Sláintecare council member Liam Doran has called for a meeting with the three party leaders in Government to highlight concerns about implementation of the health reform plan.
Mr Doran told Newstalk Breakfast that he was “very, very concerned” that the Sláintecare plan — as it was published — would not happen.
“I fear that it's going to be chipped away at and be amended, and be picked and chosen and so on,” he said.
State of play
The former INMO general secretary added that the council “was of a mind” that one further step could be taken and that would be seeking a meeting with the three party leaders to outline “the current state of play”.
There was a “very stark” contrast between the views of the two members who had resigned and those of the Minister for Health and senior management.
The roadmap is quite clear, we simply have to follow it.
Mr Doran said that there were a number of aspects of the plan that had not been in place and should be such as a Cabinet subcommittee on Sláintecare and a direct line of reporting to the Taoiseach.
“Sláintecare is the biggest social change in our infrastructure in terms of healthcare, it's a massive undertaking. I'm not sure at the moment we have a full political and bureaucratic understanding that we're up for this journey, it takes 10 years, let's get on with it.
“The roadmap is quite clear, we simply have to follow it,” he added.
Meanwhile, management consultant and Sláintecare member Eddie Molloy has said that it was important that the healthcare reform project be externally accountable.
Speaking on RTÉ radio’s Morning Ireland that his focus was on the prize — the implementation of Sláintecare.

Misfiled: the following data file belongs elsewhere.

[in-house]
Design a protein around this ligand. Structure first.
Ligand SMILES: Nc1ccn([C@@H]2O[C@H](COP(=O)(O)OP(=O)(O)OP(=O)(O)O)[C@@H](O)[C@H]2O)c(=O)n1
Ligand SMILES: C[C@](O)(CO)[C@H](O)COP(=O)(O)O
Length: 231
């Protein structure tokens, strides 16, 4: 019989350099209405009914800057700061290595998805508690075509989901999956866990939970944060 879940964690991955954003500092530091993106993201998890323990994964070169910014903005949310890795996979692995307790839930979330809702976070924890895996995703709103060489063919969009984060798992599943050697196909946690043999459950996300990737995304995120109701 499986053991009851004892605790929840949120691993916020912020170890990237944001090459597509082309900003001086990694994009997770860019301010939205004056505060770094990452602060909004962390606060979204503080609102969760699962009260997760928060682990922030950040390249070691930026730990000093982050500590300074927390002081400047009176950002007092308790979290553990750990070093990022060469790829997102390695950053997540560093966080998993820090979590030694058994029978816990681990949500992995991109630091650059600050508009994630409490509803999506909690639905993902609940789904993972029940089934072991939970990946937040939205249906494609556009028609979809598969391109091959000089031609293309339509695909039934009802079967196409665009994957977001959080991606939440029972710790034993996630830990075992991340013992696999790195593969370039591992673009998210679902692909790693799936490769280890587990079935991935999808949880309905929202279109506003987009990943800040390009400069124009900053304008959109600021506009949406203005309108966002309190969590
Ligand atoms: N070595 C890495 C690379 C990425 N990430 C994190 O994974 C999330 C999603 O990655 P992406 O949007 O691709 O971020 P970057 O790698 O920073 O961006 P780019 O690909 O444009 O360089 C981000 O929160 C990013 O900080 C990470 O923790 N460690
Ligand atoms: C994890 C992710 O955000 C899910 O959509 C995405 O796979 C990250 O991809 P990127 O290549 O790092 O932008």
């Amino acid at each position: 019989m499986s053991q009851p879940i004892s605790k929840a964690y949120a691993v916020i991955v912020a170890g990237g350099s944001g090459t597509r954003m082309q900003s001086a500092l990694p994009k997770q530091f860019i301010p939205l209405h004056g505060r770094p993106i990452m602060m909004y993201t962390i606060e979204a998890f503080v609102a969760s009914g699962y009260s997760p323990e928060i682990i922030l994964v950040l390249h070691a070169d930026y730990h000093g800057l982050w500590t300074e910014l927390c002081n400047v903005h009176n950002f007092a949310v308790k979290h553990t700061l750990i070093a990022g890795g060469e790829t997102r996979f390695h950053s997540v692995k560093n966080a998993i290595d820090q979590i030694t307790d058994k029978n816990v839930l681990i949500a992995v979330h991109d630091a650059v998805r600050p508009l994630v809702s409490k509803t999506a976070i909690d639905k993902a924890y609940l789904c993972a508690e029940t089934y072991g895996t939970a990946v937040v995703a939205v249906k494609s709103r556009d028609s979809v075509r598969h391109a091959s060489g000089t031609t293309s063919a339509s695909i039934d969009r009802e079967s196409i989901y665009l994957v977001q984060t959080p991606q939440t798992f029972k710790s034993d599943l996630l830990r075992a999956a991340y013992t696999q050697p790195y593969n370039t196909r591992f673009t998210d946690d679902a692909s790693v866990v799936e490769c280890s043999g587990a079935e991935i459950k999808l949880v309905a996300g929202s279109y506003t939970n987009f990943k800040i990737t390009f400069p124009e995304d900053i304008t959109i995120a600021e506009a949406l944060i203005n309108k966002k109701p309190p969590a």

Sláintecare was not a Minister Stephen Donnelly project, nor was it part of the National Development Plan, it had been “crafted” by representatives of all the political parties.
There were three key elements to the plan, he said — waiting lists; eHealth (technology) and devolution (regionalisation) from the current “monolithic centre”.
Mr Molloy said he did not know why council chairman Professor Tom Keane and Sláintecare office executive director Laura Magahy had resigned last month, but acknowledged that the council had met resistance, “some of it pretty brutal”, from the Department of Health.
“I don’t know what happened in those engagements” (between Prof Keane and Ms Magahy).
“My focus is on the prize — the implementation of Sláintecare, that’s what we want to achieve. We don’t want to lose sight of that.”
In a letter to the Council on Saturday, the Minister for Health announced plans to create a new group to advise his department on regional health areas which were due to be established under the devolution plan.
Some members of the original Sláintecare Implementation Advisory Council had agreed to serve on the new group, one of whom is Mr Molloy, who said that he did not agree with comments by other council members Liam Doran and Roisin Shortall that the Minister’s plan for a new group was not in keeping with the vision of the original blueprint for the Sláintecare health service reforms.
Mr Molloy said that the focus on regionalisation did not mean there would not be reporting on other targets on the Sláintecare reform list (waiting lists and eHealth).
There had to be a process of reporting in public, he said. The big challenge was to get 'buy in' from people impacted (by regionalisation) who would be losing power and budgets.
It was important that there be accountability, that it was not just a closed group, that there was an external role, he added.
The new group could not “fudge” accountability. It will be “coats off, hacking away” to create streamlines, he said.